Tuesday, September 1, 2015

Cigar factories in Junction City

The museum is currently working on a big project to digitize the documents in our archives. We are currently going through the documents to see what we have and where we should start. While searching through files in the business section I found a file labeled Tobacco/ Cigars.

I was surprised to learn that at the turn of the century, Junction City had a booming cigar business. Our 1908 Junction City phone directory shows at least 20 listings for merchants of cigars and tobacco. A quick look through the January 1899 issues of the Junction City Tribune yields ads for three cigar factories in Junction City.

The Union Cigar Factory was owned by Jake Schoenhoven. Before settling in Junction City, he worked throughout Europe as a cigar maker. As of 1899, he had been working in Junction City for 17 years and employed four cigar makers at his factory. 

The Thompsons Cigar Factory was located on Seventh Street. In the 1899 newspaper, it is described as a small establishment started 9 or 10 years ago. They employed five cigar makers whose specialties’ include “Thompson’s Cubana” and the “Little Joker” just to name a few.
The Williams & Zellner Cigar Factory was a fairly young business in 1899 but had enough trade to keep three men busy. They produced cigars such as the “Victor Dewey” and the “Junction City Band”.    

Also, among the papers in the Tobacco/ Cigar file is a short history written by John R. Williams of his father, Charles Otto Williams, an early pioneer in the Junction City hand rolled cigar business.
In 1892, Charles entered the cigar trade as an apprentice under Jake Schoenhoven. By 1898, Charles had started his own cigar business, working out of his home. His son John writes, “Over the next 50 years he worked his trade at several locations in Junction City, selling both wholesale and retail. During the early days he would load up his Model T once each month and go on a selling trip to the surrounding small towns.”

In 1906, Charles sold his factory and moved his family to California due to health reasons. The January 26, 1906 Junction City Sentinel notes that, “This week Geo. A. Fitzgibbons and M. Stokes purchased C.O. Williams cigar factory at 810 Washington St and will continue the business at the old stand.”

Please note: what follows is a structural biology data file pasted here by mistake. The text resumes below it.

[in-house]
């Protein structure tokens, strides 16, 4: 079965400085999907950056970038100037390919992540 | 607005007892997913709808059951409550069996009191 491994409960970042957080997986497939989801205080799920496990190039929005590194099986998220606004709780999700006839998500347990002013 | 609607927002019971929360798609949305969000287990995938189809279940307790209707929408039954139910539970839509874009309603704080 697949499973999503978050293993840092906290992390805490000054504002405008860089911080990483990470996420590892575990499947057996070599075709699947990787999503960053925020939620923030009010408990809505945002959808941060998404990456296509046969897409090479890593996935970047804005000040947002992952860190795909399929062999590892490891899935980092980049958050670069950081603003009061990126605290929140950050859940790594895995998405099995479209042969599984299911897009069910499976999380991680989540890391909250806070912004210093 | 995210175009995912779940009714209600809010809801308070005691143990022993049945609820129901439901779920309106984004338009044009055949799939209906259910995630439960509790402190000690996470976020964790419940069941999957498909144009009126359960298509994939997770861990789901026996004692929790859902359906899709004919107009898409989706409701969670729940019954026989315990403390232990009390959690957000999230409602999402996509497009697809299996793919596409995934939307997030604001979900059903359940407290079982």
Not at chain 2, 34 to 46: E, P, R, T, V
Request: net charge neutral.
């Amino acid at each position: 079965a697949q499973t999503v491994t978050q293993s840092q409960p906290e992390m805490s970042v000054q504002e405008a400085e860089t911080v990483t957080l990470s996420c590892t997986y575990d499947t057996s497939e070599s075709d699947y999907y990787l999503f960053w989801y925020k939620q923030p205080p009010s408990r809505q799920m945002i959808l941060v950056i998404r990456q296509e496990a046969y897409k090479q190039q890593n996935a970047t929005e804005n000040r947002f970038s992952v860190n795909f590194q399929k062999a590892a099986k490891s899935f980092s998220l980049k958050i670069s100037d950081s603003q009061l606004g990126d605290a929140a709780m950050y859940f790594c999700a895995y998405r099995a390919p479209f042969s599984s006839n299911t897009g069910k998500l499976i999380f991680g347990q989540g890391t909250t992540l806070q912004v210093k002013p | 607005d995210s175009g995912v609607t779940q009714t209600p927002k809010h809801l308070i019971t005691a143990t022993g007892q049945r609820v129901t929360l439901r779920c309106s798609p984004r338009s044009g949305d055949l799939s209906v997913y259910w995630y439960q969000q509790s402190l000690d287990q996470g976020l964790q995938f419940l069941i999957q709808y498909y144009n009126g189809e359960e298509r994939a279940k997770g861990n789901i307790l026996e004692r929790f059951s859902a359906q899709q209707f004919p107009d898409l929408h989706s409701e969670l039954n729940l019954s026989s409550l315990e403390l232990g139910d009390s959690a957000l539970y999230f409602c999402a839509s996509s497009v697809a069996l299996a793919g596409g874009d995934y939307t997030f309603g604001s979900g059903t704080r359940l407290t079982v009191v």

A year later the Williams family returned to Junction City.  Charles formed a partnership with John McCormick as the Williams & McCormick Cigar Store. They ran a concession stand in the basement of the Liberty Theater at Camp Funston. This partnership lasted until 1918.
Sometime after 1917, Charles constructed a building “next to his home at 320 W. 10th street which he used as his cigar factory” until 1929.

John writes of working with Charles, “With the advent of beer in Kansas in 1932, my father and I, opened a bar and cigar store at 821 N. Washington. It was here that the last cigar was made in this city. It was during Franklin Roosevelt’s New Deal Days. Appropriately he named his new cigar “The New Deal”. It was sold only at his place of business.”

John also writes of the iconic “Indian Head, outlined with Neon” that hangs at 912 N Washington.  John writes  “This sign has passed through many hands since the following article appeared on May 17, 1934: The Williams Cigar Store this week put up a big Indian head, an attractive sign for their business that will be seen at a long distance, and is so unusual that the sign will be remembered.”
At the time John wrote his recollections the sign hung over the JC Bar owned by Gerda Smith. “A few years ago she had this sign refurbished and now it hangs as it once did…To me it stands as a memorial to all the cigar makers who plied their trade in this city.”

Between the advent of cigar making machines that could produce uniform cigars quickly and the increased popularity of cigarettes during WWI the art of hand rolled cigars slowly became a thing of the past. John writes that, “When C.O. Williams retired in 1943 he was the last to ply his trade in this city.”


I really enjoyed researching this topic but I still have questions.  Where did they get the tobacco? Was it imported, possibly from Missouri? Did we have local suppliers? If you have the answer to these questions or more information about cigar factories in Geary County, stop by the museum, Tuesday-Sunday 1-4pm and let us know. We love hearing from you!   


Charles O. and Louise Williams with daughters Grace and Hazel. Photo dated 1906.